LEAD Action News

LEAD Action News Vol 1 no 3 Spring 1993   ISSN 1324-6011
Incorporating Lead Aware Times ( ISSN 1440-4966) and Lead Advisory Service News ( ISSN 1440-0561)
The journal of The LEAD (Lead Education and Abatement Design) Group Inc.

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  Lead in Literature - three extracts from the bestselling book:

Wild Swans Three Daughters of China

By Jung Chang, Harper Collins Publishers, London, 1991

Extract 1

Chapter 7. "Going through the Five Mountain Passes"· My Mother's Long March (1949-1950).

 [p 143J ... The revolution was fundamentally a peasant revolution, and the peasants had an unrelentingly harsh life. They were particularly sensitive about other people enjoying or seeking comfort. Anyone who took part in the revolution was supposed to toughen themselves to the point where they became inured to hardship. My father had done this at Yan'an and as a guerrilla.

My mother understood the theory, but that did not stop her thinking about the fact that my father was giving her no sympathy while she was sick and exhausted the whole time, trudging along, carrying her bedroll, sweating, vomiting, her legs like lead.

One night she could not stand it anymore, and burst into tears for the first time. The group usually stayed overnight in places like storerooms or classrooms. That night they were all sleeping in a temple, packed close together on the ground. My father was lying next to her. When she first started crying, she turned her face away from him and buried it in her sleeve, trying to muffle her sobs. My father woke up at once and hurriedly clapped his hand over her mouth. Through her tears she heard him whispering into her ear:

"Don't cry out loud! If people hear you, you will be criticised." To be criticised was serious. It meant her comrades would say she was not worthy of "being in the revolution", even a coward. She felt him urgently pushing a handkerchief into her hand so that she could stifle her sobs.

The next day my mother's unit head, the man who had saved her from falling over in the river, took her aside and told her he had received complaints about her crying. People were saying she had behaved like "a precious lady from the exploiting classes." He was not unsympathetic, but he had to reflect what other people were saying. It was disgraceful to cry after walking a few steps, he said. She was not behaving like a proper revolutionary. From then on, though she often felt like it, my mother never cried once.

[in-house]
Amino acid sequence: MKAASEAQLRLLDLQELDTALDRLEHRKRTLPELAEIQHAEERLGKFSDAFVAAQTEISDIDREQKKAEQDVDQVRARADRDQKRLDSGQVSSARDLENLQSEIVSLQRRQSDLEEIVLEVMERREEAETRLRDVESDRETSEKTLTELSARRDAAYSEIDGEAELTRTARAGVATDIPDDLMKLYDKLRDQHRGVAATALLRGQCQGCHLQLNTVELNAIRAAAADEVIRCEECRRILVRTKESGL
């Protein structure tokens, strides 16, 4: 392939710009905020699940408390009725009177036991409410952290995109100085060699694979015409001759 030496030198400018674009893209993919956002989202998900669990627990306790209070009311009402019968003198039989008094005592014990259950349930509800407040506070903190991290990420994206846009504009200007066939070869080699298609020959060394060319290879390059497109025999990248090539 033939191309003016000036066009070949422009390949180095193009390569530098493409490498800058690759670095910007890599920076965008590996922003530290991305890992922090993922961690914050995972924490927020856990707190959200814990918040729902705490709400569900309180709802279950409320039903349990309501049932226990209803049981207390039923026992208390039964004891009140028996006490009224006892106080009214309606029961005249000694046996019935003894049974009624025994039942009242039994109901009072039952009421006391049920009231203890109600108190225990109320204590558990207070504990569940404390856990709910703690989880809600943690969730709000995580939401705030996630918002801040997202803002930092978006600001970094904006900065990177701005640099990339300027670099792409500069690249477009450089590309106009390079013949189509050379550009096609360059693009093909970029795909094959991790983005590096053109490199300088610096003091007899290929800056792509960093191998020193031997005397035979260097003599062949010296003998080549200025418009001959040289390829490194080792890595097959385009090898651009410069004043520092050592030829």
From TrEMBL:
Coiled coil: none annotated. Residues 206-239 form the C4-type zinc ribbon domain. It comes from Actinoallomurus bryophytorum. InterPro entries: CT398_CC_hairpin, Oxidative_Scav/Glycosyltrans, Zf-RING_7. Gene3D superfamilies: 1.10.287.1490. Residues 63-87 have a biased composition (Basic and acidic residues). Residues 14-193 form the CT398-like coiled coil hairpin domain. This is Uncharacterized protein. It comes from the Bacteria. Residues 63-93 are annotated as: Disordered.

Extract 2

Chapter 19. "Where There is a Will to Condemn, There is Evidence" - My Parents Tormented (December 1966 - 1967).

 [p 334J " .. .I'm going to post it." Then he lifted her head and looked into her eyes. In a tone of despair he said, "What else can I do? What alternatives do I have? I must speak up. It might help. And I must do it even if just for my conscience. "

"Why is your conscience so important?" my mother said. "More than your children? Do you want them to become 'blacks'?"

There was a long pause. Then my father said hesitantly, "I suppose you must divorce me and bring up the children your way." Silence fell between them again, making her think that perhaps he had not made up his mind about writing the letter, because he was aware of its consequences. It would surely be catastrophic.

Days passed. In late February, an airplane flew low over Chengdu spreading thousands of sparkling sheets which floated down out of the leaden sky. On them was printed a copy of a letter dated 17 February and signed by the Central Military Committee, the top body of senior army men. The letter told the Rebels to desist from their violent actions. Although it did not condemn the Cultural Revolution directly, it was obviously trying to halt it. A colleague showed the leaflet to my mother. My parents had a surge of hope. Perhaps China's old and much-respected marshals were going to intervene ... These marshals had been the commanders of the Communist army, veterans of the Long March, and heroes of the revolution. They condemned the Cultural Revolution for persecuting innocent people and destabilising the country.

Extract 3

Chapter 22. "Thought Reform through Labor" ­To the Edge of the Himalayas (January - June 1969).

[p 382] ... Altogether, some fifteen million young people were sent to the country in what was one of the largest population movements In history ... On 27 January 1969 my school set off for Ningnan. Each pupil was allowed to take one suitcase and a bedroll. We were loaded into trucks, about three dozen of us in each ... We passed through the Chengdu Plain and the mountains along the eastern edge of the Himalayas, where the trucks had to put on chains ...

The second evening we entered a place called Asbestos County, named after its major product. Somewhere in the mountains, our convoy stopped so we could use the toilets - two mud huts containing round communal pits covered with maggots. But if the sight inside the toilet was revolting, the one outside was horrifying. The faces of the workers were ashen, the color of lead, and devoid of any animation. Terrified, I asked a nice propaganda team man, Dong-an, who was taking us to our destination, who these zombie like people were. Convicts from a lao-gai (" reform through labor") camp, he replied. Because asbestos mining was highly noxious, it was mainly done by forced labor, with few safety or health precautions. This was my first and only encounter with China's gulag.

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